Kim Stevenson went into detail on race-week/non-race-week schedule somewhere in the middle but you probably don't want to check all the pages... Here's what he said:
"I can never decide on what race I want to peak for and just want to run races every other week. I work 60 hours a week and don't have time to do doubles. Will I race well off a schedule like this or will I get slower?
Non race week
Mon 3x1500 or 6x800 plus warmup and cooldown
Tue 90 minute aerobic run
Wed 5k tempo time trial plus warmup and cooldown
Thu 60-90 minute aerobic run
Fri 30-60 minute aerobic run plus 6-10x100 strides
Sat 5k tempo/time trial plus warmup and cooldown
Sun 90-120 minute aerobic run
Mon 30-60 minute aerobic run plus 6-10x100 sprints
Tue Easy Fartlek run of 45-60 minutes
Wed 1500 time trial plus warmup and cooldown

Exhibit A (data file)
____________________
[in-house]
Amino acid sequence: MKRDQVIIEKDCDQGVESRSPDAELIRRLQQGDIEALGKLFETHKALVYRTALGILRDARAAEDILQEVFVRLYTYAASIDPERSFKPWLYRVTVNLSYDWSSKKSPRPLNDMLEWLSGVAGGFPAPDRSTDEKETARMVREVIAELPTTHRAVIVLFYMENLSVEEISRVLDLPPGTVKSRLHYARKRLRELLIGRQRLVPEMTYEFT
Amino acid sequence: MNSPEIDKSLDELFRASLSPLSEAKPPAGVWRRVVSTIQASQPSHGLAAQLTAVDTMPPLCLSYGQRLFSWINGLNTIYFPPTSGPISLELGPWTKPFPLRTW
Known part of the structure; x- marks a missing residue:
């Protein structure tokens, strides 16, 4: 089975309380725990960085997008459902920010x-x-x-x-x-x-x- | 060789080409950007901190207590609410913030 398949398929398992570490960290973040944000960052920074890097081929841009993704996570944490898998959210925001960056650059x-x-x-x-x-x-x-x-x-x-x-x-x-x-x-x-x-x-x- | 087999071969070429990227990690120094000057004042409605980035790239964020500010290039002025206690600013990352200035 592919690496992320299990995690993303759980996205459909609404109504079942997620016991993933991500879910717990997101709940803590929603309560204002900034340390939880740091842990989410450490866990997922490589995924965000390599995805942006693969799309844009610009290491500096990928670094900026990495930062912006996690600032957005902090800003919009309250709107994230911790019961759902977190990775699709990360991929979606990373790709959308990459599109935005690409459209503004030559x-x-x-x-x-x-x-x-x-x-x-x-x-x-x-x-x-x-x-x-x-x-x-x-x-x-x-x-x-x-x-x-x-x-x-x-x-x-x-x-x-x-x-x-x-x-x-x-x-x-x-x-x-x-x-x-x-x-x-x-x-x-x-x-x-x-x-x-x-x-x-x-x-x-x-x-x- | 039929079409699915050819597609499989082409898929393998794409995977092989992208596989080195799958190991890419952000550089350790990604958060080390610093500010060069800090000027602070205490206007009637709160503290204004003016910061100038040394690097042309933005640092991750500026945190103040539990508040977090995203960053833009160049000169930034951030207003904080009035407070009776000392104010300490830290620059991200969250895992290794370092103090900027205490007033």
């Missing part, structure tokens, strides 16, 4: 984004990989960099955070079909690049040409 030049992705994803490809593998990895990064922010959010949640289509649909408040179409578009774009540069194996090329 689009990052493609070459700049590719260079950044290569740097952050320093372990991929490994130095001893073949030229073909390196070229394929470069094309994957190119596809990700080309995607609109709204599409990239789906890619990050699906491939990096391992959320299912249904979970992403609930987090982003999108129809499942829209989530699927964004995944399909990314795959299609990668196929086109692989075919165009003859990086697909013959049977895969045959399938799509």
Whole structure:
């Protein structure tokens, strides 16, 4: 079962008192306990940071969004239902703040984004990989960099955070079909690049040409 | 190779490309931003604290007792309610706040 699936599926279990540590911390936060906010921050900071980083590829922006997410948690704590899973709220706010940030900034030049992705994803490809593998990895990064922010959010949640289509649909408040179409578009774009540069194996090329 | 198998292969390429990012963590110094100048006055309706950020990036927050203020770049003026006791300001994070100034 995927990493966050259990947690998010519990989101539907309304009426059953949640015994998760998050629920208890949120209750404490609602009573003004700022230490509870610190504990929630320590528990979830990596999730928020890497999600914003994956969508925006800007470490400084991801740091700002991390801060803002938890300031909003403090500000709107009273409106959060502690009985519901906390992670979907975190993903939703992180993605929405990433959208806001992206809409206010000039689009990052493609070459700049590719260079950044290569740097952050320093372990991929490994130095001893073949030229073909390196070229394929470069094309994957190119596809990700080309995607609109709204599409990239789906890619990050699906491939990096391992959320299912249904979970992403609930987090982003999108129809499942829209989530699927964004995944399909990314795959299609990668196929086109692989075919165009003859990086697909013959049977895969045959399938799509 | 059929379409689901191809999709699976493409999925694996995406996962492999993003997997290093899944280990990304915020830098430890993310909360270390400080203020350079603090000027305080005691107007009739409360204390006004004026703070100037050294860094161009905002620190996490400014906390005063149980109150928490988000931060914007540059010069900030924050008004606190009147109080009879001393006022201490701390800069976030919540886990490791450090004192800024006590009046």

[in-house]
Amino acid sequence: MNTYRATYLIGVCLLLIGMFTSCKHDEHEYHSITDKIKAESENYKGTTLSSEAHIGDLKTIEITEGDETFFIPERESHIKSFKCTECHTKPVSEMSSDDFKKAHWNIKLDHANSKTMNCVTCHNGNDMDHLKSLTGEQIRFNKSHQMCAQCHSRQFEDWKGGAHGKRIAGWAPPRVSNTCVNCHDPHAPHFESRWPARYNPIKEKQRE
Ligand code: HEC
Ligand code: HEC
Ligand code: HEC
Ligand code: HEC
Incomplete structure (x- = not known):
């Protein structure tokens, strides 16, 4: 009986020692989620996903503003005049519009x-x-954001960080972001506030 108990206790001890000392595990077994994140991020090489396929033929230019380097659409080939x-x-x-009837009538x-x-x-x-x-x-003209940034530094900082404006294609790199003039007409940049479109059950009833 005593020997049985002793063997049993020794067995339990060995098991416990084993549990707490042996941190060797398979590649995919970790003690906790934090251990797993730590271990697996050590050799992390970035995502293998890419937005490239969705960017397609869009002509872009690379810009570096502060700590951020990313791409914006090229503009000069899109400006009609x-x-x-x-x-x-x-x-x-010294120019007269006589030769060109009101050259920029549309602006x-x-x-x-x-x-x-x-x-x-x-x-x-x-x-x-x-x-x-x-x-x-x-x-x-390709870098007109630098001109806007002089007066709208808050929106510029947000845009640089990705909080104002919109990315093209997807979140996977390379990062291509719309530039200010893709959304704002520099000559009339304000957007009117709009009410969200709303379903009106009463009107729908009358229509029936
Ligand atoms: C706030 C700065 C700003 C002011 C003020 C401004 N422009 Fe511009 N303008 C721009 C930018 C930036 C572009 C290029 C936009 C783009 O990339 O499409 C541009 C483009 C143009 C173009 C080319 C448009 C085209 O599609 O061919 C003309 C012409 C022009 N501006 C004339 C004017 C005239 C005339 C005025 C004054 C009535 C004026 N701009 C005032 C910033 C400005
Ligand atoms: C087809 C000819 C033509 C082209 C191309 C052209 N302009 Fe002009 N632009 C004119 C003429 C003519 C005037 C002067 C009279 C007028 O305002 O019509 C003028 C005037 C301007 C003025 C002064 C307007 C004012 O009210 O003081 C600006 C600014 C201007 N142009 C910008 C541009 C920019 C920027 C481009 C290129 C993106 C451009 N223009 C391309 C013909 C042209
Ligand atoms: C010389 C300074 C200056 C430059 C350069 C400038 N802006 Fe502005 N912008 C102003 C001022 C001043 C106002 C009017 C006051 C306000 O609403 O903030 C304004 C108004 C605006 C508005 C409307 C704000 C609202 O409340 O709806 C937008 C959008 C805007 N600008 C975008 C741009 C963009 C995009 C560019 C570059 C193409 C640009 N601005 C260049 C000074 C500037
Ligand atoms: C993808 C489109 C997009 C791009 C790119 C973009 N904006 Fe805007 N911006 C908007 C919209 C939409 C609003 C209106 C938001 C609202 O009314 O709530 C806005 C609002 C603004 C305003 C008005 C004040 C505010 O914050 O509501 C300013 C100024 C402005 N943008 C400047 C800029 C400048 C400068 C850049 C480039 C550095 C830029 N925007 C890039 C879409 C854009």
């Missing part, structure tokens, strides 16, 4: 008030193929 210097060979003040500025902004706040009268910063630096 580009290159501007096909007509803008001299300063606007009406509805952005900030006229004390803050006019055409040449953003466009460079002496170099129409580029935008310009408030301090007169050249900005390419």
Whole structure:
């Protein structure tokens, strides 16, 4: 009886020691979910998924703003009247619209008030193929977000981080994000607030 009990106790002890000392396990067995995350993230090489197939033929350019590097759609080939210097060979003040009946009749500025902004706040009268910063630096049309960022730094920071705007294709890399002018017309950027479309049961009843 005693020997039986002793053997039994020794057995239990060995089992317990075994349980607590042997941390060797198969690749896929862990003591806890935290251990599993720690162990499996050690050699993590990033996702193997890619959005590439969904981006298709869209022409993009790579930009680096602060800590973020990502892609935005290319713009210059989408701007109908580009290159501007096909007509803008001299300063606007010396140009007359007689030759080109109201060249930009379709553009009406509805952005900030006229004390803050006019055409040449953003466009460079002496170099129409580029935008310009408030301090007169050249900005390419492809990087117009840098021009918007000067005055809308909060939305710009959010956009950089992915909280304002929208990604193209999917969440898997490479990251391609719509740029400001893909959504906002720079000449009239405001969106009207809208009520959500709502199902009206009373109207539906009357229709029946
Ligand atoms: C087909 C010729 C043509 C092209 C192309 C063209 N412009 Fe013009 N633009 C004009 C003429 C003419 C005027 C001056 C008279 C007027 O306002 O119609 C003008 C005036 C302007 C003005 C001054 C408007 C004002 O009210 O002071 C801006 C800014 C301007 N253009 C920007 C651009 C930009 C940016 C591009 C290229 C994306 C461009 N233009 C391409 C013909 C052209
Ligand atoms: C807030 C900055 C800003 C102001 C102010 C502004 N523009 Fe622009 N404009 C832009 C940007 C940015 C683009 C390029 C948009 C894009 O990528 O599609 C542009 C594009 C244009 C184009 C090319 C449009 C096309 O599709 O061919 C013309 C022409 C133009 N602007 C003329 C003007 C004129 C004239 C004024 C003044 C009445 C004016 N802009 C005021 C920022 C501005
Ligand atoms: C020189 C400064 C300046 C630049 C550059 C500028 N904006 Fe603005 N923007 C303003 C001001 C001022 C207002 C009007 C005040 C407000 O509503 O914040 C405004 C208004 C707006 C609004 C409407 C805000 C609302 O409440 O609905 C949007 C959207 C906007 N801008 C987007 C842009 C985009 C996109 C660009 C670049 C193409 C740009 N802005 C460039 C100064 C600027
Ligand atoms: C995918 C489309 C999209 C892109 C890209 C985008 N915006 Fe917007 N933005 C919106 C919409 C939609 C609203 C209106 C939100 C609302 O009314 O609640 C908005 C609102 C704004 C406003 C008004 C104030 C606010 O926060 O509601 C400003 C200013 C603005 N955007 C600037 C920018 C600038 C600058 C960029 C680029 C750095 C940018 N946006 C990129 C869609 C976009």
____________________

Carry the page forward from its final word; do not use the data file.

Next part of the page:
Thu 40-60 minute aerobic run plus 4-6x100 sprints
Fri 30-40 minute aerobic run
Sat race 3k- half marathon
Sun 90-120 aerobic run"
My understanding of RW/NRW schedules is slightly different from "Continuation of races". If you want to race year-round, RW/NRW works great. Basically, you mis all the ingredients: reps, hills (if you want like Deek did), sprints/strides, tempo/time trial and long run; for NRW schedule. You drop the volume and do some short, sharp stuff for RW.
Continuation of races is more or less race-week continuously. It becomes important to race almost every week (I'm talking about the distance up to 5k mainly) to keep you sharp and also important to continue adequate jogging for aerobic maintenance. Bear in mind, depending on the level of your conditioning, you can continue racing like this for a period of time. Seasoned veterans, or someone with very good base, can race continuously like this for a couple of months; whereas younger athletes or someone with limited aerobic base, such schedule is not quite recommended. You know when you are running out of the base. You're trying harder but you're getting slower. Most people do more speed because you're getting "slower" but the actual fact is you need to go back and rebuild your aerobic base.